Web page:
Joanne Preston, course leader of Marine Biology at the University recently appeared on BBC TV show, Coast, a show that explores the natural and social history of the coastline around the UK. Joanne spoke about the decline in Native oysters around the Solent and the research being carried out to improve their survival.
Until recently the Solent had one of the largest remaining O. edulis fisheries in Europe. Since 2007 there has been a dramatic population crash, thought to be due to multiple pressures including over-exploitation, decreased water quality, disease and competition from invasive species. It is evident that native oysters within the Solent are struggling to recover. Without conservation efforts to protect adult broodstocks and habitats, it is feared this species could become absent from the area in the near future. Over the last year, staff and researchers at the Institute of Marine Sciences have been using the Langstone Harbour research raft to trial a novel aquaculture method for protecting the threatened native oyster Ostrea edulis.
Our research is part of an ambitious collaboration with Blue Marine Foundation to restore the Solent oyster population, and the associated biodiversity and ecosystem benefits this species brings to our coastal environment. During 2015/16, Luke Helmer, a MSc Applied Aquatic Biology student carried out a pilot study aims to trial off-bottom, suspended oyster cages as a suitable aquaculture method to house mature O. edulis that are protected from predators, fishing and habitat destruction.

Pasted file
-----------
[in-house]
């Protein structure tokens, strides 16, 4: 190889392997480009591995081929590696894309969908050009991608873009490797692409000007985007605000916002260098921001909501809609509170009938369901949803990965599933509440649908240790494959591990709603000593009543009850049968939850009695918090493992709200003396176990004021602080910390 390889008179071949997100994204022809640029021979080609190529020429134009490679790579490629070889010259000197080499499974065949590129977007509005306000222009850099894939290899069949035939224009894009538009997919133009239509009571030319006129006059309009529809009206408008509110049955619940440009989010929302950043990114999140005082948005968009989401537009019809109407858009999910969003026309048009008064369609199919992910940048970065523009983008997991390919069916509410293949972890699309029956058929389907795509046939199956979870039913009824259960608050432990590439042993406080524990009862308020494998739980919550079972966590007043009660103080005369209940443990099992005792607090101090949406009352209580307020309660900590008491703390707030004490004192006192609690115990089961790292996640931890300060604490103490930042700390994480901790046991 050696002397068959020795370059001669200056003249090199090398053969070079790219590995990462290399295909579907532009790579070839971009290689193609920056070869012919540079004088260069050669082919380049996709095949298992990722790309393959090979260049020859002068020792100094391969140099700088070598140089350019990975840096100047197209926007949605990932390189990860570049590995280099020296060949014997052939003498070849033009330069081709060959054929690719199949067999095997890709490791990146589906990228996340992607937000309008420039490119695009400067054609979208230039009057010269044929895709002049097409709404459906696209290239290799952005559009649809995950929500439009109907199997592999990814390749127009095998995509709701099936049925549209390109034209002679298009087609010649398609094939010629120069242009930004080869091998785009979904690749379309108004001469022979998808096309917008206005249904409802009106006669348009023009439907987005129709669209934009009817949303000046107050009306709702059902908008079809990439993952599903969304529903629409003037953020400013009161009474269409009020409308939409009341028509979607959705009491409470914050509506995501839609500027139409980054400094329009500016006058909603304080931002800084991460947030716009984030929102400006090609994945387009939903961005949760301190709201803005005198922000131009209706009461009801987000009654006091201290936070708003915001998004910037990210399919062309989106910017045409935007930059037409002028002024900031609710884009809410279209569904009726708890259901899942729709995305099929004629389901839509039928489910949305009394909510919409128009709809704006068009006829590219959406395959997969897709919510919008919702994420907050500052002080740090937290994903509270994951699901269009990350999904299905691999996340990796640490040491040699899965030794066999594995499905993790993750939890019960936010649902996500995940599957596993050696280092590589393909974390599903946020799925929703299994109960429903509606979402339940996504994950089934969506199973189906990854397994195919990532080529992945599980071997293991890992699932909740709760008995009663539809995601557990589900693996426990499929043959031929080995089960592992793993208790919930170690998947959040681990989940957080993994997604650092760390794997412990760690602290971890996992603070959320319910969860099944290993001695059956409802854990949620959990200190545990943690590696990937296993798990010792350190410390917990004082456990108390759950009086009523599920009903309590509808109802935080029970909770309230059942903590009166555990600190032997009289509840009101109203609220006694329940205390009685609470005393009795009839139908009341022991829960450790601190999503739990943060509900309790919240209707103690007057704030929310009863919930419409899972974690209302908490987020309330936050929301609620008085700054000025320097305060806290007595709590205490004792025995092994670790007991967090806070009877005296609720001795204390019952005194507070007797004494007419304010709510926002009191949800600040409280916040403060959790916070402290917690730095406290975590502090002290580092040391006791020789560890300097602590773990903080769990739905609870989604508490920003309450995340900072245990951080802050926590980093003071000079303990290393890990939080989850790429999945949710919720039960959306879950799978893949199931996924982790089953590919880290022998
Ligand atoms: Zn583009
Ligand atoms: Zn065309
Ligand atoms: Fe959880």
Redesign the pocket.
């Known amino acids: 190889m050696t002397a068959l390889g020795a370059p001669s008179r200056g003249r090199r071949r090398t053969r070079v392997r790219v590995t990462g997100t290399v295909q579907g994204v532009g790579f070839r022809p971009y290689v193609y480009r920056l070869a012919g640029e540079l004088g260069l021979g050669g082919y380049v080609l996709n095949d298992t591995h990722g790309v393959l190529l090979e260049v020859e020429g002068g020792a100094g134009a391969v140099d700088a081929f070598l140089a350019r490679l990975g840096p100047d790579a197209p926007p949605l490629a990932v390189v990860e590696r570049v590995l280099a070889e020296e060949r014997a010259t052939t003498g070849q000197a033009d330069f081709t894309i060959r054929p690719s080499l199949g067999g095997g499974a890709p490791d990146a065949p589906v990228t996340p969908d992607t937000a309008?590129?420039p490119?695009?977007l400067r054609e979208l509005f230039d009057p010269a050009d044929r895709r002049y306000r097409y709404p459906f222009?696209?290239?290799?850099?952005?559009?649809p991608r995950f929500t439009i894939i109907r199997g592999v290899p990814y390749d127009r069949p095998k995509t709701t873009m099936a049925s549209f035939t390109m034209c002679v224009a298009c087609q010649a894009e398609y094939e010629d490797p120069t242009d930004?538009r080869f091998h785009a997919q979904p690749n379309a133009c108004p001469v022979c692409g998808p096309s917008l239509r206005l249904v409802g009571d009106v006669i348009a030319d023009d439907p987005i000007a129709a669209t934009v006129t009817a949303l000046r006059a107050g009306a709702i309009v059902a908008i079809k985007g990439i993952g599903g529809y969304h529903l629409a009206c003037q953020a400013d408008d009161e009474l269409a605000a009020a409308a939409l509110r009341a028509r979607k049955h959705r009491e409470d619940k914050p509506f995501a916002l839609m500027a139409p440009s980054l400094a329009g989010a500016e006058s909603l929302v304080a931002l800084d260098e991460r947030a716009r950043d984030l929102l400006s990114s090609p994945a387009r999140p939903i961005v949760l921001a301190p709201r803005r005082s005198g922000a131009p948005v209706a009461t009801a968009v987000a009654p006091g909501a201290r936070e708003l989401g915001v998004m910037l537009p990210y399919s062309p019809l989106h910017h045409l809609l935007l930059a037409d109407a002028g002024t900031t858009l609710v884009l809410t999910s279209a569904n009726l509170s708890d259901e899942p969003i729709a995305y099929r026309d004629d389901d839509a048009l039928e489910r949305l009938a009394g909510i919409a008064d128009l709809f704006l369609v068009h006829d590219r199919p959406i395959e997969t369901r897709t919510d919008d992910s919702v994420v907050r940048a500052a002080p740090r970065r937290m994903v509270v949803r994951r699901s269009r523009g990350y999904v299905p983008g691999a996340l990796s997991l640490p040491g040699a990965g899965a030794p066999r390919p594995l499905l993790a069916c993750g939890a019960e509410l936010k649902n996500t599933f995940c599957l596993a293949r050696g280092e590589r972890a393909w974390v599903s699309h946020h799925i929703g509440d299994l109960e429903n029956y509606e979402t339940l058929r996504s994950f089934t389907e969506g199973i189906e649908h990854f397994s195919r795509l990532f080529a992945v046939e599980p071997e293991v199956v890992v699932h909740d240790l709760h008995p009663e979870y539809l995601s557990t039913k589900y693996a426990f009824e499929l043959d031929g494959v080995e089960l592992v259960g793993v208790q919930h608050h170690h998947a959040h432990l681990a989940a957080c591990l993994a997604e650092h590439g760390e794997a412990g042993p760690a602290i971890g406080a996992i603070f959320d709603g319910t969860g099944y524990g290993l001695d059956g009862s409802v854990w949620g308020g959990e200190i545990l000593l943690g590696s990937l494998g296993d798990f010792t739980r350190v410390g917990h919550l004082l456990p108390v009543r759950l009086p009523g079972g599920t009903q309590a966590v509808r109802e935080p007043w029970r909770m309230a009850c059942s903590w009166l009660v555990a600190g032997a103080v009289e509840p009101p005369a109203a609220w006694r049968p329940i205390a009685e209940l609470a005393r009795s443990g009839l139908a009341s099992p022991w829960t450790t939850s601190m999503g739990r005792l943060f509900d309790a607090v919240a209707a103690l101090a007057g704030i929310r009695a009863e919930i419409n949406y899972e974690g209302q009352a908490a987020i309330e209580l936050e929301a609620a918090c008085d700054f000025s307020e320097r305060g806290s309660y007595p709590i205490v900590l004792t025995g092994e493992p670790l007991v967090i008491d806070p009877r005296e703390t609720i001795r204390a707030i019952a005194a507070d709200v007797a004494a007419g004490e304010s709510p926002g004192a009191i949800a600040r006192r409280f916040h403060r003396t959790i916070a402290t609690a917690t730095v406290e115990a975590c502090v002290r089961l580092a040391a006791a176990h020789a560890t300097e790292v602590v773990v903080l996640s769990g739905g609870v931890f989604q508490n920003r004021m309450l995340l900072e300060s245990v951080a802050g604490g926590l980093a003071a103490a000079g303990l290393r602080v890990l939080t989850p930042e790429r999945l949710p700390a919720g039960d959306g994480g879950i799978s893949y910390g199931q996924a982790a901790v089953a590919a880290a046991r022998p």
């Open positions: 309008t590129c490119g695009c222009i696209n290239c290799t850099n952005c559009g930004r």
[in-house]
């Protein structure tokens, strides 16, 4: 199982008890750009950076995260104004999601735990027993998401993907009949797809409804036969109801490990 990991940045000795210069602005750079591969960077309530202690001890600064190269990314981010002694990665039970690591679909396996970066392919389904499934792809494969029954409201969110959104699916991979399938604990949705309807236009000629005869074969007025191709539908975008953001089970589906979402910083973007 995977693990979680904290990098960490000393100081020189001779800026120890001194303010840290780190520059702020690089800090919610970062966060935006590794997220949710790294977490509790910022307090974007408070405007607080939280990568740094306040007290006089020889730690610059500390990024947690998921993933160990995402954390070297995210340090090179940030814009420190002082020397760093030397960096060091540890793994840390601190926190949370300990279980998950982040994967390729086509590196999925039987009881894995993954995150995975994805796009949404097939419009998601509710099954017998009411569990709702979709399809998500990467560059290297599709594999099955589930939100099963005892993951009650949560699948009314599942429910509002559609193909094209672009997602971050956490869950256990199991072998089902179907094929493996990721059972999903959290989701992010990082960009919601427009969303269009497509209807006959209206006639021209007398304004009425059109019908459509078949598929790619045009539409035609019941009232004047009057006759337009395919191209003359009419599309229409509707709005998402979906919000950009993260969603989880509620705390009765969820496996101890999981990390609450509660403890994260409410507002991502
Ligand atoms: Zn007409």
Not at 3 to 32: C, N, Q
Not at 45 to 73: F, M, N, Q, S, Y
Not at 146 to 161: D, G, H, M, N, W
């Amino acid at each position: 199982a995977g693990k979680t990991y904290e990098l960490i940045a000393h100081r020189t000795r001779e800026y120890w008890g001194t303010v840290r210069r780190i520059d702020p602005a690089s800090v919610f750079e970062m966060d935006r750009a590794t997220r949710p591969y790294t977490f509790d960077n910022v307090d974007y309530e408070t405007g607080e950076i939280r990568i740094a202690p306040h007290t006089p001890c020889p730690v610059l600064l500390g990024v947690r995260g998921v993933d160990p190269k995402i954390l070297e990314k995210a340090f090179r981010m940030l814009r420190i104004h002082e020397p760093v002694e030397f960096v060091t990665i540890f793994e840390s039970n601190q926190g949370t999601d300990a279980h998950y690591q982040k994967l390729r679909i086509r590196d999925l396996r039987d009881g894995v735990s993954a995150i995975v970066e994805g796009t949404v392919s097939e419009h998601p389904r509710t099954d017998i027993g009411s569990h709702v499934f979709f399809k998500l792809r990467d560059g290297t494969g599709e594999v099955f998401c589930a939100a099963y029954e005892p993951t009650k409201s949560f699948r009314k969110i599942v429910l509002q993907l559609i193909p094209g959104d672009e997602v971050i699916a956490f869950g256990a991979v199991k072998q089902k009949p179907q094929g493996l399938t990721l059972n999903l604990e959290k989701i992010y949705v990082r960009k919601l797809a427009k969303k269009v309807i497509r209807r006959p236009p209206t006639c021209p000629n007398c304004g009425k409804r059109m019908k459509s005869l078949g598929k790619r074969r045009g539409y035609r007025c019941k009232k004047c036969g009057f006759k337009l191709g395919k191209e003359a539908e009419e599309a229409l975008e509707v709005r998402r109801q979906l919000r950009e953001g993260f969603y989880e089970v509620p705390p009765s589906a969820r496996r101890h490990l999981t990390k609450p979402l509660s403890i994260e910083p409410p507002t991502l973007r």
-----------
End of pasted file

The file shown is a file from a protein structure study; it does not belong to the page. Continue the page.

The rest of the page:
The trial was a success, and revealed that this floating aquaculture method can provide a protected environment for the protection, growth and reproduction of the native oyster Ostrea edulis in the Solent region. The ultimate aim of this study is to maximise the potential of this aquaculture method as a source of larvae to contribute to the repopulation of the native seabed populations across the Solent. However, we also found that water quality and algal blooms may have a significant detrimental impact on survivorship.
We are now rolling out the next ambitious phase to deploy this aquaculture method across the whole of the Solent. With the help of Marine Biology undergraduates, we are currently putting 9000 native oysters into specially designed microreef structures in time for Christmas which will be monitored during 2017. Watch this space! #bringbackthenative #UoPMarinebiol
Light Microscopy photographs of the pallial fluid of Ostrea edulis containing numerous veliger 'D' Larvae. The adult oyster was taken from LRBAR pontoon cages in the Camber dock, Portsmouth Harbour and fixed on the 27th July 2016. Photo © Luke Helmer